‘When I Ride the Bus’
‘When I Ride the Bus’
WENATCHEE — Bus riders can read, snooze, chit-chat, work on laptops and — if you take a hint from Link Transit’s new video — burst into song for a rollicking production number.
“It’s kind of fun, isn’t it?” said Eric West, Link’s marketing coordinator. “Sure, it’s all staged, but we’re hoping the video gives people a fresh view about who rides the bus and why.”
The three-minute video — titled “When I Ride the Bus” — is part of Link’s ongoing test of direct-to-customer marketing that includes targeted mailings, email newsletters and social media such as Facebook, Twitter and YouTube.
The effort is an attempt to use new technologies to reach “the people that matter,” said West. “And that can be people who live on a specific route, or who are waiting at a bus stop or — as in the case of this video — who might be wondering what riding the bus is all about. There are a lot of those people in the Wenatchee Valley.”
The $12,000 production depicts a multi-age, multi-cultural busload of folks who’ve turned their daily bus ride into a friendly community that encourages Joe, the video’s hero, to follow his dreams. They do this by singing a catchy tune that, say the lyrics, allow folks to relax, read or ruminate over big ideas.
Link has posted on YouTube a handful of how-to videos on topics such as using a bus bike rack or charging up an electric trolley. “But ‘When I Ride the Bus’ is the first fun, feel good video we’ve done,” said West. “We’re hoping it has wide appeal.”
Posted online two weeks ago, the video has drawn more than 2,600 views and positive mentions in national transit newsletters such as Transit Intelligence and Transportation Communications.
“OK, it hasn’t gone viral. We haven’t gotten millions of hits,” said West. “But it’s notable that we’ve been mentioned in the industry journals. (The video) is part of the huge trend to use digital technologies to encourage ridership.”
West said Link generally targets loyal and potential riders with a two-pronged marketing approach: 1) keeping up awareness of the transit system, and 2) making the system work best for the most people.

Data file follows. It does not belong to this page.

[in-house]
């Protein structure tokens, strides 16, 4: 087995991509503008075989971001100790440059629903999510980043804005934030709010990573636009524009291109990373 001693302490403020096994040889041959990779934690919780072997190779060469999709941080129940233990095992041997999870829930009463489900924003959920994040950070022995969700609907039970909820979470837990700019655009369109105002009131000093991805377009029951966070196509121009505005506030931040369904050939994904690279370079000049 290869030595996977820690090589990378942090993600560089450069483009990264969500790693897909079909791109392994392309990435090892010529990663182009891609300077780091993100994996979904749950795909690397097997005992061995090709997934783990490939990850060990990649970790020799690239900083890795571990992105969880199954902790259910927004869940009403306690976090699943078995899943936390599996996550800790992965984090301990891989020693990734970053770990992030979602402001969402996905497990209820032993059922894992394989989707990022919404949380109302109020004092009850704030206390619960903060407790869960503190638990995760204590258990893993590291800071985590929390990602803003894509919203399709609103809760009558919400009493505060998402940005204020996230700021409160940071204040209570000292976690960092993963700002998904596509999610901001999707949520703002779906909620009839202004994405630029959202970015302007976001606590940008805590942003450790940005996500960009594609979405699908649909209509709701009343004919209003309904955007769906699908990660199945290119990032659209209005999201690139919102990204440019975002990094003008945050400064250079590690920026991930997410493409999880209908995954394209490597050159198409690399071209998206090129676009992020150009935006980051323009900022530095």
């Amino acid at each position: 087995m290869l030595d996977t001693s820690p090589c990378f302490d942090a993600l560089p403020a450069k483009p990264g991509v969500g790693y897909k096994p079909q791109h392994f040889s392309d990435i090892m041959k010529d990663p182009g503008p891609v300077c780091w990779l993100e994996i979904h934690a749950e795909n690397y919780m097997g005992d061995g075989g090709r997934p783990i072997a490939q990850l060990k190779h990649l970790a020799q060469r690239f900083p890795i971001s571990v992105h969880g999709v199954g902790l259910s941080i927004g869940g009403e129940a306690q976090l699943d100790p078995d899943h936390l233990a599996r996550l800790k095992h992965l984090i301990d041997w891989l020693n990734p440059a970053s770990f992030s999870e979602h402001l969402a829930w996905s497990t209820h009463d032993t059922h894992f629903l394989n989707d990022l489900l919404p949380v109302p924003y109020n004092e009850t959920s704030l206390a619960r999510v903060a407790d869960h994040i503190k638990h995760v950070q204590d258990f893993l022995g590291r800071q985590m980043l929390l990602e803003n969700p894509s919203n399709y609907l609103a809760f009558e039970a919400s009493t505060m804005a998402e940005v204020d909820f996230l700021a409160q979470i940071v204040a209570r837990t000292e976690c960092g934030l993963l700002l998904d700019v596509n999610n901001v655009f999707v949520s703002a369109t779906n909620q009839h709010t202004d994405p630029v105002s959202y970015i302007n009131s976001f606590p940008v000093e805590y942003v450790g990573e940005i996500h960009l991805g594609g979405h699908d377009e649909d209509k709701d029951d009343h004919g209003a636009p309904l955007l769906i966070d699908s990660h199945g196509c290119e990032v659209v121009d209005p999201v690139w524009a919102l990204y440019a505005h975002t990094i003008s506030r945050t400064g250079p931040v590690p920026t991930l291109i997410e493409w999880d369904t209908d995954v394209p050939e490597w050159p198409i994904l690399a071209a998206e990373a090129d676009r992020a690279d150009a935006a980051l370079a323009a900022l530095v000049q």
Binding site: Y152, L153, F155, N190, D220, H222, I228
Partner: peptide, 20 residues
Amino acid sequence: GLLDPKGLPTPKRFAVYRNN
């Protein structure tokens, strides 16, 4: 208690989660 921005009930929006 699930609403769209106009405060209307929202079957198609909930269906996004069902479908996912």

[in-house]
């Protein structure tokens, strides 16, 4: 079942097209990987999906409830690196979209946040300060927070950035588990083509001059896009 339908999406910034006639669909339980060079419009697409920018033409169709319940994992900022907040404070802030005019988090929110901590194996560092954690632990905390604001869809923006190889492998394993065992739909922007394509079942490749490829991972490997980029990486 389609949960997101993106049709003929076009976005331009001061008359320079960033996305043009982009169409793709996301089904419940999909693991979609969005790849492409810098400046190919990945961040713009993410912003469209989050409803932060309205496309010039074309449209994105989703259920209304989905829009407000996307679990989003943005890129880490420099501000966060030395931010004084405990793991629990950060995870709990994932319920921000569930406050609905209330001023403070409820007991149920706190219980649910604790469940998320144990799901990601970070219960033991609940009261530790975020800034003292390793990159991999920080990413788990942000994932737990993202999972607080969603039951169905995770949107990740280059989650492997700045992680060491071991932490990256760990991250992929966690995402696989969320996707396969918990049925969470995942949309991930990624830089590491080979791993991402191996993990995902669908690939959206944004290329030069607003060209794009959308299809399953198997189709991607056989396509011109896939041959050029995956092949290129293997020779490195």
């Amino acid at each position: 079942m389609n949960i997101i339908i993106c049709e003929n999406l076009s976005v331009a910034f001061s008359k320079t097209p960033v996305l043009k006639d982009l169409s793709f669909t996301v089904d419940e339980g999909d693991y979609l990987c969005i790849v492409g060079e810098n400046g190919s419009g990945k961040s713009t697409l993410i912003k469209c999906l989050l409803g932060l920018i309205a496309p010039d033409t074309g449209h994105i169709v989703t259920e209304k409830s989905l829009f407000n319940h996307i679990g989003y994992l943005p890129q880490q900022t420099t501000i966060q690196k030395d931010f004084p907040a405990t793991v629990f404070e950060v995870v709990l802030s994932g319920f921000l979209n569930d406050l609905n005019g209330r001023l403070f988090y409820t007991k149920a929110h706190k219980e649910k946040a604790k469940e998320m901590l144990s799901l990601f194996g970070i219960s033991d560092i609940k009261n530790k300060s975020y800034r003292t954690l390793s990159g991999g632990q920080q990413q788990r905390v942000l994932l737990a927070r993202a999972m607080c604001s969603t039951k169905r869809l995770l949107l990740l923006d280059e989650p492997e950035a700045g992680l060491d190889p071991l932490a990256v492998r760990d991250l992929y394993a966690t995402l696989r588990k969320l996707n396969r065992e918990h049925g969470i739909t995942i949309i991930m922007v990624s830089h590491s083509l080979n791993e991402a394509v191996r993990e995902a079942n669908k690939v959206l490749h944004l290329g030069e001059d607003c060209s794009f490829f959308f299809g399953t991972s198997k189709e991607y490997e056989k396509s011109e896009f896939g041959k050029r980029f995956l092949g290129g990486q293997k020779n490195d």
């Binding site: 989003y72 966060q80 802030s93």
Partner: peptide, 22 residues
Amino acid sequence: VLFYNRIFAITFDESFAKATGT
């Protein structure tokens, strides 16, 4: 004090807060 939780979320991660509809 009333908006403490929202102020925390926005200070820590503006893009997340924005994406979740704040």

This year, transit marketing has included a series of direct-mail postcards to Cashmere residents promoting a new bus route between Cashmere and downtown Wenatchee. Those postcards included coupons for free rides and QR codes to direct residents to more info about the route.
Link’s online marketing also includes frequent Facebook posts, Twitter messages on route details and delays and a new link to Transit, a Google Maps application that provides directions, distances, travel times and bus fares between almost any two locations.
Link will spend about $130,000 on marketing this year, said West, which is slightly more than 1 percent of its $11 million annual budget. That total covers print and radio advertising, direct mail marketing and any social media costs (not including salaries).
In the end, the marketing goal is to increase use of the Link system. But has it?
Link ended 2012 with ridership at 861,913 and is cruising this year, said West, at about 2 percent higher. If the increase holds through December, Link will end the year with a projected ridership of around 870,000.
Problem is, said West, total numbers are hard to predict because many factors can affect ridership, including the weather, gas prices and the economic ups and downs of a person or family. An event like last autumn’s wildfires and the resulting smoke (ridership increased) or this autumn’s government shutdown (effects uncertain) can have ripple effects, he said, that influence how people live and how and when they commute or travel.
The upside to marketing through digital technologies and social media is that they provide accurate tracking of viewers and customers, said West. The downside is that those same technologies evolve quickly. “As fast as we learn Facebook, another technology — say, Instagram — could grow to take its place. We’re on a constant, steep learning curve to keep up.”
But right now, he smiled, there’s a lot of buzz over the new Link video. “Whether that chatter translates into ridership remains to be seen,” West said. “We’ll ride this thing as long as we can.”